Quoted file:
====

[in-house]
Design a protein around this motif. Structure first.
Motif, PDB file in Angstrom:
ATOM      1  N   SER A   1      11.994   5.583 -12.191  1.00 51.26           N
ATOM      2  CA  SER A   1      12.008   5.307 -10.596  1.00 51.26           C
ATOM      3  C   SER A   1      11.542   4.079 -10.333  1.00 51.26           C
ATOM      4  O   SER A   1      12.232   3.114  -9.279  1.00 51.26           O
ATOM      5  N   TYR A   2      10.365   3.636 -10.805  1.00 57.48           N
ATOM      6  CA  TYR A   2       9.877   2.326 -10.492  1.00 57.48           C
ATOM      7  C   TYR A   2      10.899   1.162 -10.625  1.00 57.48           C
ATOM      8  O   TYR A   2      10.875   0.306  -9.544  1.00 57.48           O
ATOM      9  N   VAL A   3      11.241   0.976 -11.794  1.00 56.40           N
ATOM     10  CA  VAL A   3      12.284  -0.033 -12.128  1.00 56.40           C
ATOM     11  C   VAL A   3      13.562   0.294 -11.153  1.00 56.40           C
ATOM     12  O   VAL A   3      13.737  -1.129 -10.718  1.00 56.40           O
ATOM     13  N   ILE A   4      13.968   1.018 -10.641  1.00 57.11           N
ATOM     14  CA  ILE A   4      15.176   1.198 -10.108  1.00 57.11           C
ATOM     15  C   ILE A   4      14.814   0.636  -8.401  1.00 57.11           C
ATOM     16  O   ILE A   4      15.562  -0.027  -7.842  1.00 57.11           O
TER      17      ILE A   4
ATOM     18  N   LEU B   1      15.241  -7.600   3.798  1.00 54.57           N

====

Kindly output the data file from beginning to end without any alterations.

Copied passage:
[in-house]
Design a protein around this motif. Structure first.
Motif, PDB file in Angstrom:
ATOM      1  N   SER A   1      11.994   5.583 -12.191  1.00 51.26           N
ATOM      2  CA  SER A   1      12.008   5.307 -10.596  1.00 51.26           C
ATOM      3  C   SER A   1      11.542   4.079 -10.333  1.00 51.26           C
ATOM      4  O   SER A   1      12.232   3.114  -9.279  1.00 51.26           O
ATOM      5  N   TYR A   2      10.365   3.636 -10.805  1.00 57.48           N
ATOM      6  CA  TYR A   2       9.877   2.326 -10.492  1.00 57.48           C
ATOM      7  C   TYR A   2      10.899   1.162 -10.625  1.00 57.48           C
ATOM      8  O   TYR A   2      10.875   0.306  -9.544  1.00 57.48           O
ATOM      9  N   VAL A   3      11.241   0.976 -11.794  1.00 56.40           N
ATOM     10  CA  VAL A   3      12.284  -0.033 -12.128  1.00 56.40           C
ATOM     11  C   VAL A   3      13.562   0.294 -11.153  1.00 56.40           C
ATOM     12  O   VAL A   3      13.737  -1.129 -10.718  1.00 56.40           O
ATOM     13  N   ILE A   4      13.968   1.018 -10.641  1.00 57.11           N
ATOM     14  CA  ILE A   4      15.176   1.198 -10.108  1.00 57.11           C
ATOM     15  C   ILE A   4      14.814   0.636  -8.401  1.00 57.11           C
ATOM     16  O   ILE A   4      15.562  -0.027  -7.842  1.00 57.11           O
TER      17      ILE A   4
ATOM     18  N   LEU B   1      15.241  -7.600   3.798  1.00 54.57           N